The final technique is the staged closure of the bronchial stump method (Fig. 1E). We applied this technique when segmental pulmonary artery is behind the bronchus and unable to be skeletonized due to calcified LNs. Using endoscopic scissors, the bronchus can be transected and the fibrocalcified tissue can be dissected sequentially along the posterior wall of the opened bronchial stump step by step. Then, the segmental pulmonary arteries can be looped and divided sequentially using either suture ligation or stapler device. Finally, the opened bronchial stump can be lifted by stay sutures and closed using a linear stapler (Fig. 1F).

Statistical analysis

Descriptive statistics were used to assess the patients’ demographic and perioperative characteristics. Continuous data were expressed as means ± standard deviation, whereas categorical data were expressed as frequencies and proportions. Continuous variables were analyzed using the Mann–Whitney test, and categorical variables using the chi-squared test. A probability value of less than 0.05 was considered statistically significant. All statistical analyses were performed using IBM SPSS Statistics for Windows, version 19. (IBM Corp., Armonk, N.Y).


Between January 2010 and December 2018, 181 patients underwent anatomic resection for bronchiectasis or pulmonary mycobacterial infection in our hospital. We performed VATS intentionally for 170 patients and open thoracotomy for 11 patients. Figure 2 shows the distribution of surgical approach. We began using SP-VATS in 2015 and generally adapted this method for lung surgery rapidly. By 2018, we used SP-VATS for approximately 87% of patients with chronic inflammatory lung disease. Only three patients underwent MP-VATS, one of whom had severe pleural and fissure adhesion (adhesion score 4) and two based on the surgeon’s preference (both adhesion score 0).

Fig. 2
figure 2

VATS anatomic resection for chronic inflammatory lung disease, primarily bronchiectasis, and mycobacterial infection, at the National Cheng Kung University Hospital. The patients intentionally undergoing open thoracotomy are also listed

Table 1 lists the characteristics of patients who underwent VATS anatomic resection, with no significant between-group difference on age, sex, etiology, pulmonary function test, and surgical indication. The percentage of pulmonary mycobacterial infection in MP-VATS was slightly higher than that in SP-VATS (60% vs. 52.3%; P = 0.325). A total of 72 (42.4%) patients had comorbidities, including 21 (32.3%) who underwent SP-VATS and 51 (48.6%) MP-VATS. The prevalence of diabetes mellitus was significantly higher in the MP-VATS group than in the SP-VATS (32.4% vs. 18.5%; P = 0.047).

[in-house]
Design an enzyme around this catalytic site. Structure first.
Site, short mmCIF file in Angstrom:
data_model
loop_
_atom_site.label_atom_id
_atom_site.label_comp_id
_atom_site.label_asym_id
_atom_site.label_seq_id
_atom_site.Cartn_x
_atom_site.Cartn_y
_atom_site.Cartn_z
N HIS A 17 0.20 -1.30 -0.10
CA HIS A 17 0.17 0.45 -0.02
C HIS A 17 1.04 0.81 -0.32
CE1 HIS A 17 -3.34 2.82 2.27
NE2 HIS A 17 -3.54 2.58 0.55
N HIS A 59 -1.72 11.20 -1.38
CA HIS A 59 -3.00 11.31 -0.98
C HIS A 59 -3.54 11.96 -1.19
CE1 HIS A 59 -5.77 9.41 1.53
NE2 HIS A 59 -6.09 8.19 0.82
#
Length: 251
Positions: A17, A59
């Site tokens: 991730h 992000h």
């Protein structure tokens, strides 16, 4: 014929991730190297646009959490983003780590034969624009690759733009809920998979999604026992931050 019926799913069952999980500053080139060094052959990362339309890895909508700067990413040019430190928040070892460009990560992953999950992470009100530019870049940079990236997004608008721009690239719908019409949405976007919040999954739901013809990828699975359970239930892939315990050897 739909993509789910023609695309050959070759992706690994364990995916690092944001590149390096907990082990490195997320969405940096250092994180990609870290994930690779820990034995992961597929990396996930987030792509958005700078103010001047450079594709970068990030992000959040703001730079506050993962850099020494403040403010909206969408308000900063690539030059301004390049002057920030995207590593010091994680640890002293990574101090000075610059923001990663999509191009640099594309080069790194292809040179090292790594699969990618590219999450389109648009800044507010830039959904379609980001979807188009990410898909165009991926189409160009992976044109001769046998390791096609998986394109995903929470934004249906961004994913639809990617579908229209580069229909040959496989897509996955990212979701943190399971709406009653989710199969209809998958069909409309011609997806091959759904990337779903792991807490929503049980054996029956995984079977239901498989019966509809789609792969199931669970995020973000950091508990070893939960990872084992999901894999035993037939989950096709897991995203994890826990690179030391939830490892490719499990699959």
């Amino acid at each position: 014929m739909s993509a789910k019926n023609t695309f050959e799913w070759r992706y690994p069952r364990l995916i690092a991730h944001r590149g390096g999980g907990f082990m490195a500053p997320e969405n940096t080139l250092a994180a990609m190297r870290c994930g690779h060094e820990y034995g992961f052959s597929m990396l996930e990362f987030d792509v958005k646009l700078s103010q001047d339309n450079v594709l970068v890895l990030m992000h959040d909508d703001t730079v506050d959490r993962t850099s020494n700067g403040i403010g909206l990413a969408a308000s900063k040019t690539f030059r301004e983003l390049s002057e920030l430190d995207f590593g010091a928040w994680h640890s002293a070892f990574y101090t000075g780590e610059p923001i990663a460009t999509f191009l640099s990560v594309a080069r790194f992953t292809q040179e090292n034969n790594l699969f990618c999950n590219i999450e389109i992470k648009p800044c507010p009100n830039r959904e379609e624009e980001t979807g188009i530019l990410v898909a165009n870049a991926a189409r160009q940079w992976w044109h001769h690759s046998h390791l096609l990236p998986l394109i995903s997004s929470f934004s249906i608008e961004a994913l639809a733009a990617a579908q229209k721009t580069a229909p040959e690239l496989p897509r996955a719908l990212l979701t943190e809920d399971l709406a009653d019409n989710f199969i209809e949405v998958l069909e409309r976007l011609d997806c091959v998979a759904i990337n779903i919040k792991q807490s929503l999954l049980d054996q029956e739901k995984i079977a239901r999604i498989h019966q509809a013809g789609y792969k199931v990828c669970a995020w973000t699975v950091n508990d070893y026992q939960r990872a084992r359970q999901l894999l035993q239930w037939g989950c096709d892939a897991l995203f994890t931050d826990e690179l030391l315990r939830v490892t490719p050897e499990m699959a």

Table 1 Patient characteristics by surgical approach

The sidedness and extent of resection, as well as surgical procedure, were also similar between the two groups (Table 1). A total of 181 anatomic resection procedures were performed, including 88 lobectomies and 93 segmentectomies. Among these patients, four underwent simultaneous bilateral anatomic resection (three for bronchiectasis and one for nontuberculous mycobacterial infection).

Table 2 summarizes the surgical characteristics of the two groups. No significant between-group difference was observed on calcified LN, the severity of pleural /fissure adhesion, and adhesion score. Although the percentage of high adhesion score (score = 4) in the MP-VATS group was higher than that in the SP-VATS group, the comparison was not statistically significant (score 0–3 vs. score 4; P = 0.113). No significant difference was also observed on intraoperative blood loss, major vessel injury, conversion rate, chest tube duration, intensive care unit stay, or postoperative hospital stay. SP-VATS patients had less operation time but a higher complication rate than MP-VATS patients (P = 0.037 and 0.018, respectively). Two (3.1%) patients were converted to mini-thoracotomy for bleeding control, both of which were in the early period of SP-VATS development. There was no 30-day mortality in either group.

Table 2 Perioperative data of SP- and MP-VATS anatomic resection for chronic inflammatory lung disease

Table 3 lists the details regarding the complications. On the whole, 34 (20%) patients experienced complications and 26 (15.3%) had pulmonary-related complications. The most common complication was prolonged air leakage (> 7 days), followed by post-surgical empyema (5.9% and 4.1%). The SP-VATS group had a significantly higher percentage of prolonged air leakage (10.8% vs. 2.9%, P = 0.045).

Table 3 Complications of SP-VATS vs. MP-VATS anatomic resection for chronic inflammatory lung disease

Among the 65 consecutive patients of SP-VATS, patients 1–33 constitute the first half phase and patient 34–65 constituted the second half phase. Table 4 demonstrated the complication rate regarding the different phase. No significant between-group differences were observed in each complication, but the overall complication rate showed a decreasing trend in the second half phase.